C.C. Rider the Venerator: Billy Preston


cc logo 4 dark brown small canvasThis is the latest from The Bluesmobile’s C.C. Rider, who spends her life venerating the founding fathers of the blues. She’s walked the crooked highways of this singing country to resurrect the voices of the past. With the dirt of the Delta on her hands, she sleeps in the shadow of the giants on whose shoulders popular music now stands.

MTE5NDg0MDU1NDMxNzEwMjIzBilly Preston

(September 2, 1946 – June 6, 2006)

At age three Billy Preston taught himself to play piano. By age ten he’d graduated to the organ—backing the likes of gospel superstar Mahalia Jackson. At age eleven he starred alongside Nat King Cole as a young WC Handy in the film St. Louis Blues. Also showed off his formidable skills on TV, accompanying Nat.

When Billy Preston was only 16 he was on tour with Little Richard, and met an up and coming band with a residency in Hamburg. Billy’s often called the “Fifth Beatle.” And for good reason. He played on most of their records. And he’s the only one besides the Fab Four proper to be credited on a Beatles album. Billy actually helped hold the Beatles together as long as he could. He was such a good guy, his mere presence eased tensions between Lennon and McCartney. That song Get Back closed out their final album, Let it Be. And he even joined ‘em for their last public concert, on the roof of Apple Records.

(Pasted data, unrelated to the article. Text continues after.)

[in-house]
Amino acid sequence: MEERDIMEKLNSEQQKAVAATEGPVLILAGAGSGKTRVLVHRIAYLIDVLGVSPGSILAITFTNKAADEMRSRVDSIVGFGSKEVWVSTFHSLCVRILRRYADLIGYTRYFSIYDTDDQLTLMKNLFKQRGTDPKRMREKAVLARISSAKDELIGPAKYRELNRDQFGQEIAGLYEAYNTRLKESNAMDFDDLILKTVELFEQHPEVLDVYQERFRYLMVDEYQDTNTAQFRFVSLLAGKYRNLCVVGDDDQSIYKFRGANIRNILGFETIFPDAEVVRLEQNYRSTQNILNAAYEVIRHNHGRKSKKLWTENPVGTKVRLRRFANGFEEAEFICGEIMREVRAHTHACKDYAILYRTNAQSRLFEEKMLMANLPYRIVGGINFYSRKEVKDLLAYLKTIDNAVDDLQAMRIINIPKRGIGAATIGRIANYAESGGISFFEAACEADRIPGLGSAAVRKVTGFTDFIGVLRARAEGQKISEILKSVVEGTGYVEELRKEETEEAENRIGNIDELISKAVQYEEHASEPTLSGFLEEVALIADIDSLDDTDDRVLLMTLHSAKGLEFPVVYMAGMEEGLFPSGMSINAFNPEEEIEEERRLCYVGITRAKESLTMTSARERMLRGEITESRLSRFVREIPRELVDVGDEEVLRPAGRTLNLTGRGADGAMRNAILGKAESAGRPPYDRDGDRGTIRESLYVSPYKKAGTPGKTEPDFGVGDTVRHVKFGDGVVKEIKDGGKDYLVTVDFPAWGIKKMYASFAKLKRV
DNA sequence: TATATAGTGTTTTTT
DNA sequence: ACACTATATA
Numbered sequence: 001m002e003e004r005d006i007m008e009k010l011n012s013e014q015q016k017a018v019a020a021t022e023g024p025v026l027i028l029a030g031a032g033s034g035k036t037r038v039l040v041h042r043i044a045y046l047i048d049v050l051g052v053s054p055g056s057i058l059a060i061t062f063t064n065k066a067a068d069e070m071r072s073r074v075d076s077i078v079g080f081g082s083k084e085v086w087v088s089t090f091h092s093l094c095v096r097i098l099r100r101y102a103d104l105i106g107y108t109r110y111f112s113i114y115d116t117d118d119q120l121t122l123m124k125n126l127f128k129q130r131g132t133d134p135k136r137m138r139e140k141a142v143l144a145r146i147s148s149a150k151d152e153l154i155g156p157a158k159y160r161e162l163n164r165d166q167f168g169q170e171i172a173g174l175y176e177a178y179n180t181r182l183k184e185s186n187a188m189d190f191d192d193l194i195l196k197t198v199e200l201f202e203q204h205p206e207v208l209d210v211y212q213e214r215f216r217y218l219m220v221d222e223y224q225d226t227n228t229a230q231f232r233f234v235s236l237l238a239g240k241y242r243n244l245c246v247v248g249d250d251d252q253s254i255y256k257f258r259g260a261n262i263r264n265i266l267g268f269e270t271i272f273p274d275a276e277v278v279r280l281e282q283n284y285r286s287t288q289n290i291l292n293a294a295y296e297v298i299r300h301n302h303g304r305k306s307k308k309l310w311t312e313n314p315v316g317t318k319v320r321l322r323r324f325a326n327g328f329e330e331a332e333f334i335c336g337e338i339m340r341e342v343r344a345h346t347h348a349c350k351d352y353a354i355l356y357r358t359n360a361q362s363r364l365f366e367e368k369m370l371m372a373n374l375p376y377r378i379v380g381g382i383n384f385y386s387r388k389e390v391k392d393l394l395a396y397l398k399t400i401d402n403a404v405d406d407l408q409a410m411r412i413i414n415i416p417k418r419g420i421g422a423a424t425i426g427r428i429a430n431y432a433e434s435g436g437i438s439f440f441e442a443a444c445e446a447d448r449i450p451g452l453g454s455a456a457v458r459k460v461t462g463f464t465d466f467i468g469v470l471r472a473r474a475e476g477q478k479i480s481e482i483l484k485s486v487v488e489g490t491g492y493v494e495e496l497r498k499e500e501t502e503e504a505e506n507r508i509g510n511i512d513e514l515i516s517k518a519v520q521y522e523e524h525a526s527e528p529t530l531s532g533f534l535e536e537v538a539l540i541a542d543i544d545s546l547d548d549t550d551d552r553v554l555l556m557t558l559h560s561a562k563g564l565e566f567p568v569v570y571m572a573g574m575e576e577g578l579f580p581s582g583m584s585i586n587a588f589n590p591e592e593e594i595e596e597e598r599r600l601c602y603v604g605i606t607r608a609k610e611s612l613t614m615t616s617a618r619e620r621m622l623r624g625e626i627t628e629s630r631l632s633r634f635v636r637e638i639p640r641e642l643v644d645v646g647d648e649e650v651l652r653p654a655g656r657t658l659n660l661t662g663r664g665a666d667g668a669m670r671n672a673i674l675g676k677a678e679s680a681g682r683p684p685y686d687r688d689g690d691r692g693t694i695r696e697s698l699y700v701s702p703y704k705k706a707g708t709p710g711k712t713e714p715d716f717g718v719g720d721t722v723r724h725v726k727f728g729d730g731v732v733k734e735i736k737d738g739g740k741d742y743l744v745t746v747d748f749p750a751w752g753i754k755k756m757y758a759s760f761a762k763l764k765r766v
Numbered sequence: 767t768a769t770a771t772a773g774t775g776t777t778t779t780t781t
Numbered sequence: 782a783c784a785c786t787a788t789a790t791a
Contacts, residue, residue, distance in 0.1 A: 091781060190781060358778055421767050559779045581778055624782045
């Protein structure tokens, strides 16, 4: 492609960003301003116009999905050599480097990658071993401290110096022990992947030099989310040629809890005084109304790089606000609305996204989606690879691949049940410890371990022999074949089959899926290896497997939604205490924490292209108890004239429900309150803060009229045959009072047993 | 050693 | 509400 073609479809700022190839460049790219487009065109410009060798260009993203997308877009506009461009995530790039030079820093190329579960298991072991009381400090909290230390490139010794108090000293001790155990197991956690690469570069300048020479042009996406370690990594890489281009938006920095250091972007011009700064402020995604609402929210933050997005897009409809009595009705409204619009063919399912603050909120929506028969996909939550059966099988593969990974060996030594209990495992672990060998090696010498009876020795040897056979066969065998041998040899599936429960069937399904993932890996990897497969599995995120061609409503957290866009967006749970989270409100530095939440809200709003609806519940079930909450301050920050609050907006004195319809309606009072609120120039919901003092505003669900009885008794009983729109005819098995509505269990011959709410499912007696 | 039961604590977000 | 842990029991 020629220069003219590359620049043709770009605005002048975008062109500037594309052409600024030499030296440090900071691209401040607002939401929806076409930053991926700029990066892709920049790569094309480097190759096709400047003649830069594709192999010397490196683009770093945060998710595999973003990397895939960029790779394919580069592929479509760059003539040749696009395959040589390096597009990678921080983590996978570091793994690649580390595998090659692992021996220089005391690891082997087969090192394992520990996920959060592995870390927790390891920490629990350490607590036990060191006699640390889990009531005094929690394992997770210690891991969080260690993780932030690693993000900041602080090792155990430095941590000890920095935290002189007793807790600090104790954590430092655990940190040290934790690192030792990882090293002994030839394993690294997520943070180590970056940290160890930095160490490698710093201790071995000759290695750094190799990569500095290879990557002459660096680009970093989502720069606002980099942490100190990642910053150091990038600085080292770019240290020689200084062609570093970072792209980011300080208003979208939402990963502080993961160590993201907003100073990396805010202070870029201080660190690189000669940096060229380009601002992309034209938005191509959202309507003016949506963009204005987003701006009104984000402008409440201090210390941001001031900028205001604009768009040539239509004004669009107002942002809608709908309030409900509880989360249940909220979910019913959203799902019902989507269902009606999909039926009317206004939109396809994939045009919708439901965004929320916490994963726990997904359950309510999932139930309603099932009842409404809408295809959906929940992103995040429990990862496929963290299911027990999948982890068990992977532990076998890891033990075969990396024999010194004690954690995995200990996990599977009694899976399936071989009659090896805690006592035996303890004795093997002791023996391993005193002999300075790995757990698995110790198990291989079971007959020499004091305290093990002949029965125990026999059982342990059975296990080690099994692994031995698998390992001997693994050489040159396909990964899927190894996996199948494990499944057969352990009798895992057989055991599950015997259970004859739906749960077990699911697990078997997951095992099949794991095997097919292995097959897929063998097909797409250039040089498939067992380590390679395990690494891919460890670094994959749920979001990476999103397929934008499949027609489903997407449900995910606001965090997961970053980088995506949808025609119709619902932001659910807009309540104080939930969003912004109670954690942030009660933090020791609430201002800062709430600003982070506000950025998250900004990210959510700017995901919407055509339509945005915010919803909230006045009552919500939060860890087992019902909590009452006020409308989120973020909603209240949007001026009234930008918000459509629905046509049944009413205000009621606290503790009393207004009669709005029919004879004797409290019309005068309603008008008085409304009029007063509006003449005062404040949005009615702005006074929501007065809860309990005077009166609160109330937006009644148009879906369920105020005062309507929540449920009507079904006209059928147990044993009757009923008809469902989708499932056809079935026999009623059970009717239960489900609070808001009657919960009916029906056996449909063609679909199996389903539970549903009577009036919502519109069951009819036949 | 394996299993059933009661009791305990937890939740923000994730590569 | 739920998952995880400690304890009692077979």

Now get this…Billy Preston toured and played with everyone. Not just the Beatles. Sam Cooke, Ray Charles, Eric Clapton. The Rolling Stones. I don’t even have the airtime to list ‘em all. His resume of collaborators is a who’s who of the all time greatest. But Billy Preston should also be celebrated for his own compositions. He came up with songs like this one. “Nothing from Nothing.”

The Veneration of Billy Preston
Continues at CCRiderBlues.com